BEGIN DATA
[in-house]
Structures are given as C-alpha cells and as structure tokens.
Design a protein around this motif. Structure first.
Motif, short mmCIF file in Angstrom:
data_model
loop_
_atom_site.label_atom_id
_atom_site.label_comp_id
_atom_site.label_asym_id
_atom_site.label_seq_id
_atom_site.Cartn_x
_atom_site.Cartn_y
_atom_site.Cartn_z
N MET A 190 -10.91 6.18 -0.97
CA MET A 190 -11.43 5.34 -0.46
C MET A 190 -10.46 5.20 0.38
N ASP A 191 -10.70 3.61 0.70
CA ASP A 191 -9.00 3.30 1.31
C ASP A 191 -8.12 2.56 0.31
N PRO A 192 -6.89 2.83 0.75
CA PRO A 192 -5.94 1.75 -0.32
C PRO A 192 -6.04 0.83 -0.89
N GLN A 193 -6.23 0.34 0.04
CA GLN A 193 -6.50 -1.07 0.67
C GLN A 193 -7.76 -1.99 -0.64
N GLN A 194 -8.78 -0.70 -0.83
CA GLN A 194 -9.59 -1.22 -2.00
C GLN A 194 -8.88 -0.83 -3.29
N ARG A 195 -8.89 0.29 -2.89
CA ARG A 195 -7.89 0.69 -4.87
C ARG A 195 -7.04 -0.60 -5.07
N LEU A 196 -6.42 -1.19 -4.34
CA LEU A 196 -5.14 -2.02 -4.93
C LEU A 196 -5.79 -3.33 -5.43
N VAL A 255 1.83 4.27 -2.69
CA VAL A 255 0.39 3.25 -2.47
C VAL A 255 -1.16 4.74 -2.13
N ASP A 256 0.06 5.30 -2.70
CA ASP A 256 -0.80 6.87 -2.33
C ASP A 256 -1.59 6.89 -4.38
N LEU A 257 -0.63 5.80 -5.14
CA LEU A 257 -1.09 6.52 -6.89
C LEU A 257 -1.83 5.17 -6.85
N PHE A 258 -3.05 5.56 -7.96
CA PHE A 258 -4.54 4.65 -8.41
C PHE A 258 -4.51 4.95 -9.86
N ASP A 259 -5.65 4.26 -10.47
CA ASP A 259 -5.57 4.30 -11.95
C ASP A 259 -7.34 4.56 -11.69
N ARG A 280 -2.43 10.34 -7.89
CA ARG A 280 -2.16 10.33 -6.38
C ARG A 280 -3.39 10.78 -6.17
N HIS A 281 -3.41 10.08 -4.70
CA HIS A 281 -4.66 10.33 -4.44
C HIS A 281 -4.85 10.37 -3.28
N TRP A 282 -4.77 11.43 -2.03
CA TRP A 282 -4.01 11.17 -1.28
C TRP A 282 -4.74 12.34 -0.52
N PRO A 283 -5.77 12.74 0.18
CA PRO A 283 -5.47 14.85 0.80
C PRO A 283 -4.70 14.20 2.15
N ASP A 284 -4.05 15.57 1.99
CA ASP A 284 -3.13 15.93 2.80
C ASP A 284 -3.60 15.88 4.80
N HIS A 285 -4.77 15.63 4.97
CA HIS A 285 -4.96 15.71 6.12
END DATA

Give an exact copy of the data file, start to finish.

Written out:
[in-house]
Structures are given as C-alpha cells and as structure tokens.
Design a protein around this motif. Structure first.
Motif, short mmCIF file in Angstrom:
data_model
loop_
_atom_site.label_atom_id
_atom_site.label_comp_id
_atom_site.label_asym_id
_atom_site.label_seq_id
_atom_site.Cartn_x
_atom_site.Cartn_y
_atom_site.Cartn_z
N MET A 190 -10.91 6.18 -0.97
CA MET A 190 -11.43 5.34 -0.46
C MET A 190 -10.46 5.20 0.38
N ASP A 191 -10.70 3.61 0.70
CA ASP A 191 -9.00 3.30 1.31
C ASP A 191 -8.12 2.56 0.31
N PRO A 192 -6.89 2.83 0.75
CA PRO A 192 -5.94 1.75 -0.32
C PRO A 192 -6.04 0.83 -0.89
N GLN A 193 -6.23 0.34 0.04
CA GLN A 193 -6.50 -1.07 0.67
C GLN A 193 -7.76 -1.99 -0.64
N GLN A 194 -8.78 -0.70 -0.83
CA GLN A 194 -9.59 -1.22 -2.00
C GLN A 194 -8.88 -0.83 -3.29
N ARG A 195 -8.89 0.29 -2.89
CA ARG A 195 -7.89 0.69 -4.87
C ARG A 195 -7.04 -0.60 -5.07
N LEU A 196 -6.42 -1.19 -4.34
CA LEU A 196 -5.14 -2.02 -4.93
C LEU A 196 -5.79 -3.33 -5.43
N VAL A 255 1.83 4.27 -2.69
CA VAL A 255 0.39 3.25 -2.47
C VAL A 255 -1.16 4.74 -2.13
N ASP A 256 0.06 5.30 -2.70
CA ASP A 256 -0.80 6.87 -2.33
C ASP A 256 -1.59 6.89 -4.38
N LEU A 257 -0.63 5.80 -5.14
CA LEU A 257 -1.09 6.52 -6.89
C LEU A 257 -1.83 5.17 -6.85
N PHE A 258 -3.05 5.56 -7.96
CA PHE A 258 -4.54 4.65 -8.41
C PHE A 258 -4.51 4.95 -9.86
N ASP A 259 -5.65 4.26 -10.47
CA ASP A 259 -5.57 4.30 -11.95
C ASP A 259 -7.34 4.56 -11.69
N ARG A 280 -2.43 10.34 -7.89
CA ARG A 280 -2.16 10.33 -6.38
C ARG A 280 -3.39 10.78 -6.17
N HIS A 281 -3.41 10.08 -4.70
CA HIS A 281 -4.66 10.33 -4.44
C HIS A 281 -4.85 10.37 -3.28
N TRP A 282 -4.77 11.43 -2.03
CA TRP A 282 -4.01 11.17 -1.28
C TRP A 282 -4.74 12.34 -0.52
N PRO A 283 -5.77 12.74 0.18
CA PRO A 283 -5.47 14.85 0.80
C PRO A 283 -4.70 14.20 2.15
N ASP A 284 -4.05 15.57 1.99
CA ASP A 284 -3.13 15.93 2.80
C ASP A 284 -3.60 15.88 4.80
N HIS A 285 -4.77 15.63 4.97
CA HIS A 285 -4.96 15.71 6.12